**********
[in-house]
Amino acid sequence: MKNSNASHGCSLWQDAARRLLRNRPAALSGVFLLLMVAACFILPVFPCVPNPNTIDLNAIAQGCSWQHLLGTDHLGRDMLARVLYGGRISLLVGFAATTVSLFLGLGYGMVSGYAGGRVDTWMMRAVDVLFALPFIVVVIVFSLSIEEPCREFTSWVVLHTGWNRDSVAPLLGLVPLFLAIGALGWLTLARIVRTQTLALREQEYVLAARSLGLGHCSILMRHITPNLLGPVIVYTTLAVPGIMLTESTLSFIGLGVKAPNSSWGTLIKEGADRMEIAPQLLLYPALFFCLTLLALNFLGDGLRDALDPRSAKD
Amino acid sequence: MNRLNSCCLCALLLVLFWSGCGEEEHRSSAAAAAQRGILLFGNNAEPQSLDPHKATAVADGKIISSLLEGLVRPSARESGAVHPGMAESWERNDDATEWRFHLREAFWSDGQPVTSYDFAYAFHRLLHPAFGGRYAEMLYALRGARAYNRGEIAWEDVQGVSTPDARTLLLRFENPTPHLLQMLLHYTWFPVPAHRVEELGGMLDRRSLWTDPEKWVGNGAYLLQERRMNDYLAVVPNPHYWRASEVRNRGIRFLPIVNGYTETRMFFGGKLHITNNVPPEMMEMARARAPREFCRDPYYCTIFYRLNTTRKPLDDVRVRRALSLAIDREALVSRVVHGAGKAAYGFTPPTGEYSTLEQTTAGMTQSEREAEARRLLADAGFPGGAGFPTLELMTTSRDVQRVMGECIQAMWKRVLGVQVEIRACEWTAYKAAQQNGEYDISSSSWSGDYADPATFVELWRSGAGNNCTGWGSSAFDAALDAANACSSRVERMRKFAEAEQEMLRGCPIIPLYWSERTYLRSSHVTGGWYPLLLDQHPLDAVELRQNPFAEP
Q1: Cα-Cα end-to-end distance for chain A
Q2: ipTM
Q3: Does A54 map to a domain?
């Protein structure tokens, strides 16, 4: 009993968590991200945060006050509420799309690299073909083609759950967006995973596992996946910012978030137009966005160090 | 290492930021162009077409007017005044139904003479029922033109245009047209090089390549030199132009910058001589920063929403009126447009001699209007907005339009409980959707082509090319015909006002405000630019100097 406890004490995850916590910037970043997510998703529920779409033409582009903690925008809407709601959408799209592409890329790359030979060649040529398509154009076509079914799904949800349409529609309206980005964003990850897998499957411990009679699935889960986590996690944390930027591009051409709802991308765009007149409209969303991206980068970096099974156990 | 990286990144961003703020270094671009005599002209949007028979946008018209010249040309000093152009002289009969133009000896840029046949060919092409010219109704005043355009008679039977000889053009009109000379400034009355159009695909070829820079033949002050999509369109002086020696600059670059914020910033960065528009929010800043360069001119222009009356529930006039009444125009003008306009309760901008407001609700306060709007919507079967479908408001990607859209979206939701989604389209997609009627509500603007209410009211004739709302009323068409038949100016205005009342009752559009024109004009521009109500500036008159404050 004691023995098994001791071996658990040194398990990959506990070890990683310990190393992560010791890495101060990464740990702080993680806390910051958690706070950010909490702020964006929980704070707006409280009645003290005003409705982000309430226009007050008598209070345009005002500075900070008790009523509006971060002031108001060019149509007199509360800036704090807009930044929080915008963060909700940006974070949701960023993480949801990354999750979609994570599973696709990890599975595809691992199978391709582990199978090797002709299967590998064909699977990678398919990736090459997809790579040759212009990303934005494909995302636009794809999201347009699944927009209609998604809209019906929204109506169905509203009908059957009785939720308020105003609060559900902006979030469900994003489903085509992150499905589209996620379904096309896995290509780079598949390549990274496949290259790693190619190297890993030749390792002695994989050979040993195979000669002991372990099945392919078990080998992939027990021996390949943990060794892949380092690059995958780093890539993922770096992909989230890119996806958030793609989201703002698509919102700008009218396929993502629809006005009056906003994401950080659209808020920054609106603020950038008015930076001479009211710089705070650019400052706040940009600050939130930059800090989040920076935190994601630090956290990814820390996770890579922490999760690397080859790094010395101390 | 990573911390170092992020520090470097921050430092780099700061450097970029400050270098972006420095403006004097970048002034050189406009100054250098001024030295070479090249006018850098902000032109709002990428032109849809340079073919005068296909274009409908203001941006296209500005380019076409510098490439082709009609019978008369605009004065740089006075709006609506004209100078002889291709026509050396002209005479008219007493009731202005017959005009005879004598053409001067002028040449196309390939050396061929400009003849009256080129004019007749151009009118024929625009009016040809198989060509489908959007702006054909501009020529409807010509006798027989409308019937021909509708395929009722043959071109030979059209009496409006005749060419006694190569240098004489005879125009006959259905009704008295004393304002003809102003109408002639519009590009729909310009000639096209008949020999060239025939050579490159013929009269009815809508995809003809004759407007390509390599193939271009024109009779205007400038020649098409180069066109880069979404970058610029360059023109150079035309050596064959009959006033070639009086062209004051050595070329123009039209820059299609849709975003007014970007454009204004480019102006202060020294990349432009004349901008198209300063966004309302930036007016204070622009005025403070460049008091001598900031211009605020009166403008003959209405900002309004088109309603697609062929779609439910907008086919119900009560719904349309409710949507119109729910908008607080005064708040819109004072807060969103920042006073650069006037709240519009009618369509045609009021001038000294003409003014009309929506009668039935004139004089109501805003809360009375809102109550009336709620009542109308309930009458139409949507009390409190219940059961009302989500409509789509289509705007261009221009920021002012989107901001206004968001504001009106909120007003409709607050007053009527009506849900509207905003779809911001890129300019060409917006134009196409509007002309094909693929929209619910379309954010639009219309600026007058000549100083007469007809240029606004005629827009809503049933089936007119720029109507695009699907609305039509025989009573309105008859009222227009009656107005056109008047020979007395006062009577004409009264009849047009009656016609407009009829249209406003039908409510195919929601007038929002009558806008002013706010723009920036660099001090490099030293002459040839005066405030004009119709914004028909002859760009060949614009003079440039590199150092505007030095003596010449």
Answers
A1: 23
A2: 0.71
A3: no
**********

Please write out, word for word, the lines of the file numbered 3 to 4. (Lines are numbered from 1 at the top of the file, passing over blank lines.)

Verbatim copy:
Amino acid sequence: MNRLNSCCLCALLLVLFWSGCGEEEHRSSAAAAAQRGILLFGNNAEPQSLDPHKATAVADGKIISSLLEGLVRPSARESGAVHPGMAESWERNDDATEWRFHLREAFWSDGQPVTSYDFAYAFHRLLHPAFGGRYAEMLYALRGARAYNRGEIAWEDVQGVSTPDARTLLLRFENPTPHLLQMLLHYTWFPVPAHRVEELGGMLDRRSLWTDPEKWVGNGAYLLQERRMNDYLAVVPNPHYWRASEVRNRGIRFLPIVNGYTETRMFFGGKLHITNNVPPEMMEMARARAPREFCRDPYYCTIFYRLNTTRKPLDDVRVRRALSLAIDREALVSRVVHGAGKAAYGFTPPTGEYSTLEQTTAGMTQSEREAEARRLLADAGFPGGAGFPTLELMTTSRDVQRVMGECIQAMWKRVLGVQVEIRACEWTAYKAAQQNGEYDISSSSWSGDYADPATFVELWRSGAGNNCTGWGSSAFDAALDAANACSSRVERMRKFAEAEQEMLRGCPIIPLYWSERTYLRSSHVTGGWYPLLLDQHPLDAVELRQNPFAEP
Q1: Cα-Cα end-to-end distance for chain A